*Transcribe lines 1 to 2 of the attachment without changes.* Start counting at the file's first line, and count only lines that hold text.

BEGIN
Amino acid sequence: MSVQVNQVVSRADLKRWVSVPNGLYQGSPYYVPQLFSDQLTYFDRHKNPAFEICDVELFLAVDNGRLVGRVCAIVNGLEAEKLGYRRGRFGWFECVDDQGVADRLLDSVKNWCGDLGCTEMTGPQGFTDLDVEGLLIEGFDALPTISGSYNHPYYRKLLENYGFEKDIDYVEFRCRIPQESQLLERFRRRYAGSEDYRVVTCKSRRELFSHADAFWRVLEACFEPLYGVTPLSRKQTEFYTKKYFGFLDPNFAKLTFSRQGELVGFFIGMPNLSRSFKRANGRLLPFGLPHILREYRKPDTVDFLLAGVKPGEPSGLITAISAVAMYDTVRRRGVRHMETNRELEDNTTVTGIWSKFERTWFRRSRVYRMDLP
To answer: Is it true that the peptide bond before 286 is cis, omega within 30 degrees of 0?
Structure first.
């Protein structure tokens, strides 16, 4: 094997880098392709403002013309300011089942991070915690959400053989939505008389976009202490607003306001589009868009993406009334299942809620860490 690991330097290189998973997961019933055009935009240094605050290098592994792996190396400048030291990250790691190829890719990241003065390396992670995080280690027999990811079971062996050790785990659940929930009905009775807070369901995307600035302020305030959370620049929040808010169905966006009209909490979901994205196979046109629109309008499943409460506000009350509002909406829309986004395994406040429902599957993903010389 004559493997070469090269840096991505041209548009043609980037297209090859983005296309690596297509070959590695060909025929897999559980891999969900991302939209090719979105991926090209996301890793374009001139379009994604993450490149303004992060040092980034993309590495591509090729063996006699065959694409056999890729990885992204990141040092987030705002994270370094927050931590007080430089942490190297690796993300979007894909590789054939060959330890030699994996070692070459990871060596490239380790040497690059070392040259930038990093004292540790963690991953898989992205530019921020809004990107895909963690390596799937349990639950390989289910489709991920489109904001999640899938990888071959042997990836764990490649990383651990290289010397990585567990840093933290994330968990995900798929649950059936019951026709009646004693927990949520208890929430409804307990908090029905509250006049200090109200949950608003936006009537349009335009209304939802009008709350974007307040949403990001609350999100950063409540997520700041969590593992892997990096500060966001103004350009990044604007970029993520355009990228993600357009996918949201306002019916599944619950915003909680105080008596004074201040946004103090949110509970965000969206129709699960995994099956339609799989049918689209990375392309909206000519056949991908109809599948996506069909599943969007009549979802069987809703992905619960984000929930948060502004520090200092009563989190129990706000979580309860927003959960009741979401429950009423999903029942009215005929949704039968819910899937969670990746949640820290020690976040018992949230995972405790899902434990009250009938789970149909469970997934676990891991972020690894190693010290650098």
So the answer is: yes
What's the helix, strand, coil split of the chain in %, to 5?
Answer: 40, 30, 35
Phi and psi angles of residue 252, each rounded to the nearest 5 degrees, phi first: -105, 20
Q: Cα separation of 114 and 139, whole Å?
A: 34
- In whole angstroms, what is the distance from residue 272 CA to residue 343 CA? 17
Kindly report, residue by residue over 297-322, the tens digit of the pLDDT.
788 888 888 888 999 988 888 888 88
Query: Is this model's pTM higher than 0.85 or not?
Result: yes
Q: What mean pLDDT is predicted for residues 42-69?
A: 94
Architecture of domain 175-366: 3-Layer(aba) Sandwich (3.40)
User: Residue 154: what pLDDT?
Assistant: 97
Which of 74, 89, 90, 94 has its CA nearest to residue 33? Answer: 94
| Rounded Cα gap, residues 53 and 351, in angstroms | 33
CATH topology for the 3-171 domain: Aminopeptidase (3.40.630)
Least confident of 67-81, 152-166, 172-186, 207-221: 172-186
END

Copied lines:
Amino acid sequence: MSVQVNQVVSRADLKRWVSVPNGLYQGSPYYVPQLFSDQLTYFDRHKNPAFEICDVELFLAVDNGRLVGRVCAIVNGLEAEKLGYRRGRFGWFECVDDQGVADRLLDSVKNWCGDLGCTEMTGPQGFTDLDVEGLLIEGFDALPTISGSYNHPYYRKLLENYGFEKDIDYVEFRCRIPQESQLLERFRRRYAGSEDYRVVTCKSRRELFSHADAFWRVLEACFEPLYGVTPLSRKQTEFYTKKYFGFLDPNFAKLTFSRQGELVGFFIGMPNLSRSFKRANGRLLPFGLPHILREYRKPDTVDFLLAGVKPGEPSGLITAISAVAMYDTVRRRGVRHMETNRELEDNTTVTGIWSKFERTWFRRSRVYRMDLP
To answer: Is it true that the peptide bond before 286 is cis, omega within 30 degrees of 0?